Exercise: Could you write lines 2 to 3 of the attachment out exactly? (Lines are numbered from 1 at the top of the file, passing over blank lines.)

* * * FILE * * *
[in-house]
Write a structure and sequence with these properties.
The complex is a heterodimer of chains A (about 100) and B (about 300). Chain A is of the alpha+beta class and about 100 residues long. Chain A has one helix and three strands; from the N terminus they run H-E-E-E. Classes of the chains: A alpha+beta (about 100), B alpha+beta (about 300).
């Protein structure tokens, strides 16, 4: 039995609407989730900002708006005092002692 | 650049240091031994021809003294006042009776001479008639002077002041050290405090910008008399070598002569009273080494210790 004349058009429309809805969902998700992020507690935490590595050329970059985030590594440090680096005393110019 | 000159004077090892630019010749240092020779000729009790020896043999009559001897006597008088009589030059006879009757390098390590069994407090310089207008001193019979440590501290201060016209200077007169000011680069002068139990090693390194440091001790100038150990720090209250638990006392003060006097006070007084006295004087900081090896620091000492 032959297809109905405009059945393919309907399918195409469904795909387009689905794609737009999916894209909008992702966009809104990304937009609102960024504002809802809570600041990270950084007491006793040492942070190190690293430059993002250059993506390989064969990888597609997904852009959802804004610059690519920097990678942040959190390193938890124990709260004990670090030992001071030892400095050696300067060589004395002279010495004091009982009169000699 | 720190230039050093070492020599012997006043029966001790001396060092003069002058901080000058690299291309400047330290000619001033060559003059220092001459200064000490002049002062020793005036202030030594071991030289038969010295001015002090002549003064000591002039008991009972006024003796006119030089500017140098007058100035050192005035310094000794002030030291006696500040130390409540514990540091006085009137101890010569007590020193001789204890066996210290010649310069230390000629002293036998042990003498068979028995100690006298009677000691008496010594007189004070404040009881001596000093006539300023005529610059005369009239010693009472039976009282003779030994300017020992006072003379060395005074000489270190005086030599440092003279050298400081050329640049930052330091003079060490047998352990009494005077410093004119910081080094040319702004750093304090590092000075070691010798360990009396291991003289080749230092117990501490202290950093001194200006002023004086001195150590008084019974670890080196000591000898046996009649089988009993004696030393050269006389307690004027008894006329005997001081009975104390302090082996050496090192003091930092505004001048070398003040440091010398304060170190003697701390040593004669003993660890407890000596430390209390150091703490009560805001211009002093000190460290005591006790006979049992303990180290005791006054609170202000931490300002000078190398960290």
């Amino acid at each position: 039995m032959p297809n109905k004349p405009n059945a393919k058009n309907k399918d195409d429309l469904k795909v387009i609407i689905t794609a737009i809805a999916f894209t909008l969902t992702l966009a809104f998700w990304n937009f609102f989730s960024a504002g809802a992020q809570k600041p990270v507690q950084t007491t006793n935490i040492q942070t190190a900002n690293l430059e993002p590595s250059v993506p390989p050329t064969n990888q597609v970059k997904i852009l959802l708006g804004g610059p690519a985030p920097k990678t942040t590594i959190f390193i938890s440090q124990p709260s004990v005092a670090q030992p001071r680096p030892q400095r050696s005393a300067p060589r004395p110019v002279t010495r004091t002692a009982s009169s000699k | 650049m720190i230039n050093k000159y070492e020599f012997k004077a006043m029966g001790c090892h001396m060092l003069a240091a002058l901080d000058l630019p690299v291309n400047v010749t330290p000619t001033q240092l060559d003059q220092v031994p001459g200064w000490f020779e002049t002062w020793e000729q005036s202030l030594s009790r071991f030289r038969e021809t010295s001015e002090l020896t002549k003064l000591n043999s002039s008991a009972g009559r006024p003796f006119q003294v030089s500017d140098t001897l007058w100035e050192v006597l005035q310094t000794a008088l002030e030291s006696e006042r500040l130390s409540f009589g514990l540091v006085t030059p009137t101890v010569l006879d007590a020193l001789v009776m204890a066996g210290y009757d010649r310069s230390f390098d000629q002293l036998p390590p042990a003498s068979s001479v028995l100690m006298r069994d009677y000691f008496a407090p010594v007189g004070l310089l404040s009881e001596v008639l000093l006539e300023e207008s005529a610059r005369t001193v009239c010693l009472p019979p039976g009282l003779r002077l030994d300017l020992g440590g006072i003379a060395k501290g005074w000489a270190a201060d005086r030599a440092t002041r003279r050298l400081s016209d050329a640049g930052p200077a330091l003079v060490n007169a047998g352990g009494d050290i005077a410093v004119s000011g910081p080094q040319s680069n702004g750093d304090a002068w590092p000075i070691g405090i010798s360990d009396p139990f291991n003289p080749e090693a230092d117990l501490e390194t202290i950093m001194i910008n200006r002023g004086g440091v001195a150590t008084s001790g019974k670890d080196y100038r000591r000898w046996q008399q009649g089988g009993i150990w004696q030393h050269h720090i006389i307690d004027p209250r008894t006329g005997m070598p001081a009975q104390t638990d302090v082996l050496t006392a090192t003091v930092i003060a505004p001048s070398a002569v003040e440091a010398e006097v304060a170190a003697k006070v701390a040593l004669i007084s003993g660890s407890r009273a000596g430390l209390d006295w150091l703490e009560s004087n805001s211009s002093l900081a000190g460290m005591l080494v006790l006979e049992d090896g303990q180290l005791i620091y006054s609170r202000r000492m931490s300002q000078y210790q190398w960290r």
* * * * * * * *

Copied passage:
Write a structure and sequence with these properties.
The complex is a heterodimer of chains A (about 100) and B (about 300). Chain A is of the alpha+beta class and about 100 residues long. Chain A has one helix and three strands; from the N terminus they run H-E-E-E. Classes of the chains: A alpha+beta (about 100), B alpha+beta (about 300).